The Twitter logo appears on a phone post on the floor of the New York Stock Exchange on Oct. 13, 2015. Twitter is laying off up to 336 employees, signaling chief executive Jack Dorsey's resolve to slash costs while the company struggles to make money. (AP Photo/Richard Drew)

 

Twitter's stock closed down by more than 3 percent Tuesday to $14.40, an all-time low for the company.

That piles on the problems for the company, which faced some uproar over the weekend over reports that it's planning to change its real-time messaging feed into something more like the Facebook News Feed. Under the new system, reports said, messages would be ranked, in part, by the quality of the post rather than just when it was posted.

That set off the company's users, who worried that changes to the feed might hurt one of the network's most distinctive features — its ability to tap into real-time conversation.

Twitter chief executive Jack Dorsey was quick to shut down rumors that Twitter had plans to change the way it organizes timelines this week, posting Saturday that doing so was never in the cards:

But Twitter is, of course, in a period of great change. Sure, it has a devoted user base of more than 300 million who love its fast-paced, spontaneous, often tangled and random streams of conversation. Yet it's also facing pressure from Wall Street; as Wired reported Monday, Twitter's current market value of roughly $10 billion puts it below the likes of private "unicorns" such as Pinterest and Snapchat. Investors want it to amp up its slowing user growth, find a way to appeal to a broader audience and generate more revenue off the users it already has. In other words, investors want it to be like Facebook.

There's no doubt that Facebook is in an enviable position right now. It dominates the social media world. The firm recently reported its first-ever quarter with more than $1 billion in profit. And on Monday, the firm eMarketer released a report projecting that the social networking behemoth will remain the market leader at least through 2020.

“Facebook remains the king of social networks, and the usage increases are coming primarily from people who are Generation X and older,” said principal analyst Debra Aho Williamson in a post from eMarketer.

Twitter, meanwhile? It's more of a work in progress, analysts said.

"Twitter is clearly trying to grow its ad stack through acquisitions — like MoPub, TellApart," said Jennifer Wise, a mobile and social advertising analyst for Forrester, citing two advertising firms bought by Dorsey's predecessor, Dick Costolo. "It’s acquired the tech to add sophistication to ads, enhance targeting and tracking, and expand delivery beyond its walls. So a lot is in the works. Still time will tell how successful it will be."

The key problem with expecting Twitter to behave like Facebook, however, is that they're completely different products. Sure, they're both social media networks. But people use them for very different things, and in very different ways.

Aaron Smith, research specialist at the Pew Research Center, said that Facebook's demographics more or less reflect those of the American online population — meaning that pretty much everyone uses Facebook.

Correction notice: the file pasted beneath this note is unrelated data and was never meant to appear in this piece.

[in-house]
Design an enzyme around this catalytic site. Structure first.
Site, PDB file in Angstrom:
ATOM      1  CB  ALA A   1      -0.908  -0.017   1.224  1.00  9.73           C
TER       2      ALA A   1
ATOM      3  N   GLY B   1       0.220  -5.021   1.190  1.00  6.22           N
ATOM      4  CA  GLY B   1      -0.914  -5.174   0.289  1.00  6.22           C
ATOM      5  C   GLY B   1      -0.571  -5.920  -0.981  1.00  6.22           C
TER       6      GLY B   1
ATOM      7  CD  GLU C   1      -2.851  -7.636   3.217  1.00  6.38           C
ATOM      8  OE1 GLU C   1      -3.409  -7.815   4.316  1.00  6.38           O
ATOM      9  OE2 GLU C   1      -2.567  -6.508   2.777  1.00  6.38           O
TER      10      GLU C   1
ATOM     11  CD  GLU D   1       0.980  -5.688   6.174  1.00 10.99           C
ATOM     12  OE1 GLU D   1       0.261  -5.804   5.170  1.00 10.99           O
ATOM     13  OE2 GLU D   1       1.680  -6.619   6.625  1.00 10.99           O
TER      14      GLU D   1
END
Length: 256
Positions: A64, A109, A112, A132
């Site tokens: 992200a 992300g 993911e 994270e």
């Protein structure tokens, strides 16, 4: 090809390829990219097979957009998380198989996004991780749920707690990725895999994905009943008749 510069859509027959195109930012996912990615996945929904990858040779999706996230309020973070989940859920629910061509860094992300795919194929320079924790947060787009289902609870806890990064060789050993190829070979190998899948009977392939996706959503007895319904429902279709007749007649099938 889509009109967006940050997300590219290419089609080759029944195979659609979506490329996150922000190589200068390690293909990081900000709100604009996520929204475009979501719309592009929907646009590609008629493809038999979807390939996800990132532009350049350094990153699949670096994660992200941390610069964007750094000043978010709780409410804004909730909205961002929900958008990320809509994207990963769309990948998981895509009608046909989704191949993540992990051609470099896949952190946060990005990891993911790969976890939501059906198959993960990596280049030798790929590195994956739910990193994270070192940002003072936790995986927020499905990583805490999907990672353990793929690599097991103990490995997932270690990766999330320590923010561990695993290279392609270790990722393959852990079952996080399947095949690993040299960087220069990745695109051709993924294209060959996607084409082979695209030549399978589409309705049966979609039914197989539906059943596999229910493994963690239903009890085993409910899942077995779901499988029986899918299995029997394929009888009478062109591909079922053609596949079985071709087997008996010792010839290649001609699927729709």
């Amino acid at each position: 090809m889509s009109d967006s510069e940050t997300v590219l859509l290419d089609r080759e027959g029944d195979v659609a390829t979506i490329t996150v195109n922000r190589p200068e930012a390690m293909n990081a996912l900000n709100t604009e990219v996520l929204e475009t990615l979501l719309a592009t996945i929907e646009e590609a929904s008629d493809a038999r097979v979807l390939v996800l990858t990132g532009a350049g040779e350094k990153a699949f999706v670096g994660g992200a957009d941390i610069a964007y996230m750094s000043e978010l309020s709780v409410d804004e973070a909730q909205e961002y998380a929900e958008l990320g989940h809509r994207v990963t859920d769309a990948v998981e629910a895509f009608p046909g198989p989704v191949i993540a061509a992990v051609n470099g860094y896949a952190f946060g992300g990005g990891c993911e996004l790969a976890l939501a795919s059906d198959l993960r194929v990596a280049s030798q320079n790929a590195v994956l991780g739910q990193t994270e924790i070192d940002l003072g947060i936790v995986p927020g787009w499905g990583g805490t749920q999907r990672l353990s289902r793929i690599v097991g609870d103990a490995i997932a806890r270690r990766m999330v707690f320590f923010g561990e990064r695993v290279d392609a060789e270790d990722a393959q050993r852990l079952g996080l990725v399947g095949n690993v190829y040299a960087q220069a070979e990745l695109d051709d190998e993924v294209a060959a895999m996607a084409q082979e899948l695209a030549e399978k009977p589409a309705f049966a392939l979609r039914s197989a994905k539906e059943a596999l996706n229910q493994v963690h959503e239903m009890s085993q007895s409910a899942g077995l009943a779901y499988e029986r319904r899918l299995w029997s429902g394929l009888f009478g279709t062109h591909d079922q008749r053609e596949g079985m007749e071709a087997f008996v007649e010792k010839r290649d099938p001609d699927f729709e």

Twitter is much younger, and finds itself popular with younger, more racially diverse users who are also more likely to live in urban areas.

Here's another illustration of how different these audiences are: "Almost half of Internet users over 65 use Facebook," Smith said. Among the same age group, for Twitter, "it's just 6 percent." That smaller, younger audience is also heading to Twitter for a different purpose. On Facebook, users tend to come across news incidentally. Twitter is a place you actively go to seek it out.

"Twitter is perceived as a news destination in a way that Facebook isn’t," Smith said.

The flip side of that, from a marketing perspective, is that you don't get nearly the kind of engagement on Twitter that you do on Facebook — people are scrolling through individual messages quickly, looking for trends in multiple posts rather than spending a lot of time with one.

"Advertising on social sites generally have promise: They pull large audiences and, almost more importantly, on some like Facebook and Twitter people are used to brand interactions on them," Wise said. "But the consumer doesn’t want it to interrupt their experience. So the ad has to align with the site."

To do this, Twitter is creating more site experiences that more brands can integrate into, she said. Pulling posts together as Twitter has done with its "While You Were Away" feature or highlighting trending topics can help create new avenues for the firm to focus some of its users all-too-fleeting attention. It gives a way for the network to seem less frantic, and attract future users.

But as the reaction to reports about a reordered timeline indicate, there are some things about Twitter that its current users aren't happy to see altered. So Twitter's problem remains being able to balance those two aspects — remaining true to Twitter's fast pace while also creating engagement in such a way that it doesn't betray the company's core design.

Right now, Dorsey is doing a lot to appeal to the base, and assure the users he has that the network that they love — the network he built — isn't going anywhere.

But with the company due to report earnings Wednesday, he will also have to find a way to assure impatient investors — investors who've sent the stock down 36 percent since the start of 2016 alone — that he is hearing them as well.